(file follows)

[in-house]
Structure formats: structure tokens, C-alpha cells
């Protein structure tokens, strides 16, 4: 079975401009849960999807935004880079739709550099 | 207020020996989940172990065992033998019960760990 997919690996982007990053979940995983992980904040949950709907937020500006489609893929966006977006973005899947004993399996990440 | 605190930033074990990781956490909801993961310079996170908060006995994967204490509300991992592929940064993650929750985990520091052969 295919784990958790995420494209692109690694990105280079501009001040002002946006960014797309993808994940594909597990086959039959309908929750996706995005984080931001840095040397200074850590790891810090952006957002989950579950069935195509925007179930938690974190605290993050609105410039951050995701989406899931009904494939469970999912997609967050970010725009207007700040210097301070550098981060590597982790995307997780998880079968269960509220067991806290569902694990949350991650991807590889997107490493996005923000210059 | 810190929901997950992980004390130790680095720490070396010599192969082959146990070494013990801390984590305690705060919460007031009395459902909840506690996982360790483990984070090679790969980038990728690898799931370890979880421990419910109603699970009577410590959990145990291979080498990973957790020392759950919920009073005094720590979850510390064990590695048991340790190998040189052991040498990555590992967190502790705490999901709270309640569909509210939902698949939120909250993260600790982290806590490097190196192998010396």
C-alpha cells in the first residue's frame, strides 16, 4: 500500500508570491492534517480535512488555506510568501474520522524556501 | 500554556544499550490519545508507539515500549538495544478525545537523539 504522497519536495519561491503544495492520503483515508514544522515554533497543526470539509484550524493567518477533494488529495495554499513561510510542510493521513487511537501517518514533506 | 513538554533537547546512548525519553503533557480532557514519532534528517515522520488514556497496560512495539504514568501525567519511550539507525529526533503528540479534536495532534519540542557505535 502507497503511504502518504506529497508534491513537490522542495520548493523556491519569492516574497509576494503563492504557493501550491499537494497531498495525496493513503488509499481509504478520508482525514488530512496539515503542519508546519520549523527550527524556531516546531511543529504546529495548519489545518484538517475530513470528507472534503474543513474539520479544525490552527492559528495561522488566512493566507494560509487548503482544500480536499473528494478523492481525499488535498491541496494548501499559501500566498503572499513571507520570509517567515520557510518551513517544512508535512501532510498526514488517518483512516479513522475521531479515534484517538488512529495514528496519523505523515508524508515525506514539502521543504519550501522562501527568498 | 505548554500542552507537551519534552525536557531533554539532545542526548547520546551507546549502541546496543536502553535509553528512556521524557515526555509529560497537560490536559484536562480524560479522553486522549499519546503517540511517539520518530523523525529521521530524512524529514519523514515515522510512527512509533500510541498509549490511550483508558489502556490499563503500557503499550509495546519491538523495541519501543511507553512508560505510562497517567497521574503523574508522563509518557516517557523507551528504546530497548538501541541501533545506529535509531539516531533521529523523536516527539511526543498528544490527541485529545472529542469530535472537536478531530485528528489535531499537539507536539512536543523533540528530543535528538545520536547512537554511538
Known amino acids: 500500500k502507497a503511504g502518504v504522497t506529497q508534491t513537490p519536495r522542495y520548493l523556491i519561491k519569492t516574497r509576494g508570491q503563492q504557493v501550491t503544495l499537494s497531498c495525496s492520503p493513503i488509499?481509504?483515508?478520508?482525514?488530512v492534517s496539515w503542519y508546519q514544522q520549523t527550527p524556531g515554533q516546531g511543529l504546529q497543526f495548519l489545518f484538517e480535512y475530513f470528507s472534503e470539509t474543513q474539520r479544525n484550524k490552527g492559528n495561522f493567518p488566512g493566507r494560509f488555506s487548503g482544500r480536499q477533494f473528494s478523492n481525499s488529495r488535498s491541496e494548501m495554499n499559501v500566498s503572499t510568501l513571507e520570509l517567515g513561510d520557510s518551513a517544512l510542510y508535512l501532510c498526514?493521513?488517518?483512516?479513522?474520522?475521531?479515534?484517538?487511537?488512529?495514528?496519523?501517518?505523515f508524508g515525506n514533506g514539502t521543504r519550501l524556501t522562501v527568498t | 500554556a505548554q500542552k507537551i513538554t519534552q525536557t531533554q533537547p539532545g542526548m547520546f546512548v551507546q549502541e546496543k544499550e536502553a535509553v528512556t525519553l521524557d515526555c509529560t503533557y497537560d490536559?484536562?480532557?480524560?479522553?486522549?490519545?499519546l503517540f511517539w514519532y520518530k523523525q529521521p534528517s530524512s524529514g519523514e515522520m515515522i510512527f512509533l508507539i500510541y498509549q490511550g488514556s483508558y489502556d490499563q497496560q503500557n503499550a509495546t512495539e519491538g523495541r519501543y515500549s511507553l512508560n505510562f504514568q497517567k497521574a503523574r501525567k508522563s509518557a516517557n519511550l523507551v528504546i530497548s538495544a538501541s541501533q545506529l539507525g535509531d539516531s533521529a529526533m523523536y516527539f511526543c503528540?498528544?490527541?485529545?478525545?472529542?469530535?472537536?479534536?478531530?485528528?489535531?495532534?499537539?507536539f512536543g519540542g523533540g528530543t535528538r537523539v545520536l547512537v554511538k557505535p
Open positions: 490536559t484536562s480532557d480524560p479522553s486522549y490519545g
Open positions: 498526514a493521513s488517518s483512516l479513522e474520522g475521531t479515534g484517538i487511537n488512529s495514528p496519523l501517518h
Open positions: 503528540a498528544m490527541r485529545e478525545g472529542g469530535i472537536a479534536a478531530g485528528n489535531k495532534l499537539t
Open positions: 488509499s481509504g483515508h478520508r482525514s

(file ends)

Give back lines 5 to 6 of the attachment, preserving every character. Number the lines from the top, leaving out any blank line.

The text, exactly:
Known amino acids: 500500500k502507497a503511504g502518504v504522497t506529497q508534491t513537490p519536495r522542495y520548493l523556491i519561491k519569492t516574497r509576494g508570491q503563492q504557493v501550491t503544495l499537494s497531498c495525496s492520503p493513503i488509499?481509504?483515508?478520508?482525514?488530512v492534517s496539515w503542519y508546519q514544522q520549523t527550527p524556531g515554533q516546531g511543529l504546529q497543526f495548519l489545518f484538517e480535512y475530513f470528507s472534503e470539509t474543513q474539520r479544525n484550524k490552527g492559528n495561522f493567518p488566512g493566507r494560509f488555506s487548503g482544500r480536499q477533494f473528494s478523492n481525499s488529495r488535498s491541496e494548501m495554499n499559501v500566498s503572499t510568501l513571507e520570509l517567515g513561510d520557510s518551513a517544512l510542510y508535512l501532510c498526514?493521513?488517518?483512516?479513522?474520522?475521531?479515534?484517538?487511537?488512529?495514528?496519523?501517518?505523515f508524508g515525506n514533506g514539502t521543504r519550501l524556501t522562501v527568498t | 500554556a505548554q500542552k507537551i513538554t519534552q525536557t531533554q533537547p539532545g542526548m547520546f546512548v551507546q549502541e546496543k544499550e536502553a535509553v528512556t525519553l521524557d515526555c509529560t503533557y497537560d490536559?484536562?480532557?480524560?479522553?486522549?490519545?499519546l503517540f511517539w514519532y520518530k523523525q529521521p534528517s530524512s524529514g519523514e515522520m515515522i510512527f512509533l508507539i500510541y498509549q490511550g488514556s483508558y489502556d490499563q497496560q503500557n503499550a509495546t512495539e519491538g523495541r519501543y515500549s511507553l512508560n505510562f504514568q497517567k497521574a503523574r501525567k508522563s509518557a516517557n519511550l523507551v528504546i530497548s538495544a538501541s541501533q545506529l539507525g535509531d539516531s533521529a529526533m523523536y516527539f511526543c503528540?498528544?490527541?485529545?478525545?472529542?469530535?472537536?479534536?478531530?485528528?489535531?495532534?499537539?507536539f512536543g519540542g523533540g528530543t535528538r537523539v545520536l547512537v554511538k557505535p
Open positions: 490536559t484536562s480532557d480524560p479522553s486522549y490519545g